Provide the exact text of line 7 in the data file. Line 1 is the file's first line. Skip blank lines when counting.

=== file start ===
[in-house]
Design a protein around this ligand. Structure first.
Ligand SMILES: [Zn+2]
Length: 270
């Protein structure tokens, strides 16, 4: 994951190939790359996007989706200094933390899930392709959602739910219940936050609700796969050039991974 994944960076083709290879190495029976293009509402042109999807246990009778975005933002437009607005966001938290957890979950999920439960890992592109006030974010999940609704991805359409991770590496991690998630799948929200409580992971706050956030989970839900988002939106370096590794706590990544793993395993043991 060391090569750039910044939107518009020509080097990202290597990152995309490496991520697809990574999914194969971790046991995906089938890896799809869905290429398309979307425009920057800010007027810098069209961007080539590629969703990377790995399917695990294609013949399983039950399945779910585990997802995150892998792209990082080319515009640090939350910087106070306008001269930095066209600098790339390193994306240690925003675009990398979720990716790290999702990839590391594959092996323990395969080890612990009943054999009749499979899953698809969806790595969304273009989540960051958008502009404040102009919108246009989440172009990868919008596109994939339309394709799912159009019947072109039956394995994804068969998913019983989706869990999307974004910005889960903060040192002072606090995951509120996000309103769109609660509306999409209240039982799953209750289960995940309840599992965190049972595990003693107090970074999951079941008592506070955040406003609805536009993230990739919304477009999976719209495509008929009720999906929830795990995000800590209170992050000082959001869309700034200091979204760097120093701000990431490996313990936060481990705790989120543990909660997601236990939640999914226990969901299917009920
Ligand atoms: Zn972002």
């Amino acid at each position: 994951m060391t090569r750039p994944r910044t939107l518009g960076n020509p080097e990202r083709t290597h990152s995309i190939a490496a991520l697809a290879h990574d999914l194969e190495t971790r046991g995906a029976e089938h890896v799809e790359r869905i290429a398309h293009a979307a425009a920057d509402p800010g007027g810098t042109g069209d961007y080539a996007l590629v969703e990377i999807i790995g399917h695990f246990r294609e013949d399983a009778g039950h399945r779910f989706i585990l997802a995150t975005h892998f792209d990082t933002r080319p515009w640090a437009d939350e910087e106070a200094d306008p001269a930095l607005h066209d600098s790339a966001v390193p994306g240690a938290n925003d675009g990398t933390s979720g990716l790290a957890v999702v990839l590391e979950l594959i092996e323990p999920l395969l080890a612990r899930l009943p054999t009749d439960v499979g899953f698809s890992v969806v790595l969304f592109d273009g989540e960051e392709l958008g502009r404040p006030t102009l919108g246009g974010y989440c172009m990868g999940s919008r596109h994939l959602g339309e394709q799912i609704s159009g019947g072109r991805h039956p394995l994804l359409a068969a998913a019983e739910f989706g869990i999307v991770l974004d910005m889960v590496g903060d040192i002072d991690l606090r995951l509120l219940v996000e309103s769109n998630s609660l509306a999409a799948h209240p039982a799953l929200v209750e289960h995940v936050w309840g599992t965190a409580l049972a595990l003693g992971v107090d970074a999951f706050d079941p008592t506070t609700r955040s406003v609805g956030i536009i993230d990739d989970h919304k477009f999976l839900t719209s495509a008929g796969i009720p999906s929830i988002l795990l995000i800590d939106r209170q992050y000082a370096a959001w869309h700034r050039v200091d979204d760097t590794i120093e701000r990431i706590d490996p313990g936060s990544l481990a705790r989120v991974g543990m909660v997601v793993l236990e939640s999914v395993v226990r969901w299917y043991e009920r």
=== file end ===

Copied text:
């Amino acid at each position: 994951m060391t090569r750039p994944r910044t939107l518009g960076n020509p080097e990202r083709t290597h990152s995309i190939a490496a991520l697809a290879h990574d999914l194969e190495t971790r046991g995906a029976e089938h890896v799809e790359r869905i290429a398309h293009a979307a425009a920057d509402p800010g007027g810098t042109g069209d961007y080539a996007l590629v969703e990377i999807i790995g399917h695990f246990r294609e013949d399983a009778g039950h399945r779910f989706i585990l997802a995150t975005h892998f792209d990082t933002r080319p515009w640090a437009d939350e910087e106070a200094d306008p001269a930095l607005h066209d600098s790339a966001v390193p994306g240690a938290n925003d675009g990398t933390s979720g990716l790290a957890v999702v990839l590391e979950l594959i092996e323990p999920l395969l080890a612990r899930l009943p054999t009749d439960v499979g899953f698809s890992v969806v790595l969304f592109d273009g989540e960051e392709l958008g502009r404040p006030t102009l919108g246009g974010y989440c172009m990868g999940s919008r596109h994939l959602g339309e394709q799912i609704s159009g019947g072109r991805h039956p394995l994804l359409a068969a998913a019983e739910f989706g869990i999307v991770l974004d910005m889960v590496g903060d040192i002072d991690l606090r995951l509120l219940v996000e309103s769109n998630s609660l509306a999409a799948h209240p039982a799953l929200v209750e289960h995940v936050w309840g599992t965190a409580l049972a595990l003693g992971v107090d970074a999951f706050d079941p008592t506070t609700r955040s406003v609805g956030i536009i993230d990739d989970h919304k477009f999976l839900t719209s495509a008929g796969i009720p999906s929830i988002l795990l995000i800590d939106r209170q992050y000082a370096a959001w869309h700034r050039v200091d979204d760097t590794i120093e701000r990431i706590d490996p313990g936060s990544l481990a705790r989120v991974g543990m909660v997601v793993l236990e939640s999914v395993v226990r969901w299917y043991e009920r």